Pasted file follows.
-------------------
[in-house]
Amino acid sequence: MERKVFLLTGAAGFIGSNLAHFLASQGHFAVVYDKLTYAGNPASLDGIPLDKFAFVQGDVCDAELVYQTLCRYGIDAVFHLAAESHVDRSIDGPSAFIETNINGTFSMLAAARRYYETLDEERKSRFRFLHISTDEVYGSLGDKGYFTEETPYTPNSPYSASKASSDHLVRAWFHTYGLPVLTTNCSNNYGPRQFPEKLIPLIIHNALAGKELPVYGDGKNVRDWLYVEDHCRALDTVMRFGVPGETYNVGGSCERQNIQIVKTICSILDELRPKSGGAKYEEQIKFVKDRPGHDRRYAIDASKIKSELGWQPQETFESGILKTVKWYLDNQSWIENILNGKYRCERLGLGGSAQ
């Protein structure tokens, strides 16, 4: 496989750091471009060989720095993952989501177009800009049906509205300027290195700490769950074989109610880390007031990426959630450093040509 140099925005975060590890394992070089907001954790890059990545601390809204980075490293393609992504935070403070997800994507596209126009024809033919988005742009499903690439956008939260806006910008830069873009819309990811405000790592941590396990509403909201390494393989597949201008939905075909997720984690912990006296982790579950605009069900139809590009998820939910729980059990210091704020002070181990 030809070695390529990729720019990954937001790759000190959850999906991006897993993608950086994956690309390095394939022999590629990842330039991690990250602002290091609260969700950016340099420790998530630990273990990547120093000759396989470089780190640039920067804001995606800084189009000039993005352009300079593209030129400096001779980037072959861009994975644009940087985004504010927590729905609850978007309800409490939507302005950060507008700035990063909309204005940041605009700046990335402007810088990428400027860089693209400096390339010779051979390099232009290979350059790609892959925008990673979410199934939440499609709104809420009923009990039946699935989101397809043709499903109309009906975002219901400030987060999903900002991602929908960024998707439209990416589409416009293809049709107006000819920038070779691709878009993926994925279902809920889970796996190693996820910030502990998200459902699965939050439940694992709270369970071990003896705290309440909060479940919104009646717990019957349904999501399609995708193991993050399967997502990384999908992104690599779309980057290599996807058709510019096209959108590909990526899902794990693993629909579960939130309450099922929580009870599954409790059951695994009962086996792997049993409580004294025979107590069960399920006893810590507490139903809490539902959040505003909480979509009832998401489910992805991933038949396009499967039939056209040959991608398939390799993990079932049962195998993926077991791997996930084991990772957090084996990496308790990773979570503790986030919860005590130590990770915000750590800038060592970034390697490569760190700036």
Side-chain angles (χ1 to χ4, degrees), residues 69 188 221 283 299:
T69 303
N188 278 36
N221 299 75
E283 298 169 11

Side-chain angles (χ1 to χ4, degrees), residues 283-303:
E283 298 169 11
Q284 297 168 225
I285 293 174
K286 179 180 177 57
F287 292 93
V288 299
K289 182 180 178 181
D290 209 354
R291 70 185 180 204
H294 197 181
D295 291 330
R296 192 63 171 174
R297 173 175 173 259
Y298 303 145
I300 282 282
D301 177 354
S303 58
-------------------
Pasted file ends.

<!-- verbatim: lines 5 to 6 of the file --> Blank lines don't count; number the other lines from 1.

T69 303
N188 278 36